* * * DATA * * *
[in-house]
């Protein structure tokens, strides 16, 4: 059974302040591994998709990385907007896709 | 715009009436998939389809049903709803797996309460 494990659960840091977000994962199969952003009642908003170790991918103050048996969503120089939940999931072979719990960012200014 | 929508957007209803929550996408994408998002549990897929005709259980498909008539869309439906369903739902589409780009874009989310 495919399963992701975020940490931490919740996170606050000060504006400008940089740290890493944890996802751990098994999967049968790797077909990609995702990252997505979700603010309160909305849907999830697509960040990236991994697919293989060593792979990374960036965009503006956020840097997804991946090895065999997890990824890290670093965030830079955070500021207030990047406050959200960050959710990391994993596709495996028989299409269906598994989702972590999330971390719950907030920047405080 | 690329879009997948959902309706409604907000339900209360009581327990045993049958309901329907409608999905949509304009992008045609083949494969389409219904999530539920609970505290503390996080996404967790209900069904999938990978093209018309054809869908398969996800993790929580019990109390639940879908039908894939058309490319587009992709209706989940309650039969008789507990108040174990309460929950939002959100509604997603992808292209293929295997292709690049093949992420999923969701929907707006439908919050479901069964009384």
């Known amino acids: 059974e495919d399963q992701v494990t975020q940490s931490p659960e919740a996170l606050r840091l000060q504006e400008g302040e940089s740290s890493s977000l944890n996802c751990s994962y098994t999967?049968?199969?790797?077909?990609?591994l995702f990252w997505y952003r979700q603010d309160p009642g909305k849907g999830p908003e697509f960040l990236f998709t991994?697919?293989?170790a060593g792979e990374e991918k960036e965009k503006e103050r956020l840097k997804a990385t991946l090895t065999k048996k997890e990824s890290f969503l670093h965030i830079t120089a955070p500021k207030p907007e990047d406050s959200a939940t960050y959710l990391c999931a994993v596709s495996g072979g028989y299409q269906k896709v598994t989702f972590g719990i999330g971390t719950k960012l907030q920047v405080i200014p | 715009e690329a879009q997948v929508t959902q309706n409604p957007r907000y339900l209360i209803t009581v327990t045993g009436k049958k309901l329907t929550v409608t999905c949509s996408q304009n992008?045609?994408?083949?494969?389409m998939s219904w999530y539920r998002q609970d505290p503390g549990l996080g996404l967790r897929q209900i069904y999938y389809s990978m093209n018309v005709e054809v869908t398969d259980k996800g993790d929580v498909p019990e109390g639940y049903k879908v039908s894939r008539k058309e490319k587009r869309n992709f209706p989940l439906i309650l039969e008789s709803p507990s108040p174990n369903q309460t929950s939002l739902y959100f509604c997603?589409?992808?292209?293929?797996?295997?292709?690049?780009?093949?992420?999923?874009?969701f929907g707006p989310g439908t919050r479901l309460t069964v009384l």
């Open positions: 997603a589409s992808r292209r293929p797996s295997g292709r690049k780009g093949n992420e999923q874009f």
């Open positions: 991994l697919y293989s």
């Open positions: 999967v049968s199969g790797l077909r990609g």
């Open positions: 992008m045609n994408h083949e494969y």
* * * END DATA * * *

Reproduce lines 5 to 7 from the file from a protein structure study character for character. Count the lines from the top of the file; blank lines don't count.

């Open positions: 991994l697919y293989s």
């Open positions: 999967v049968s199969g790797l077909r990609g």
């Open positions: 992008m045609n994408h083949e494969y």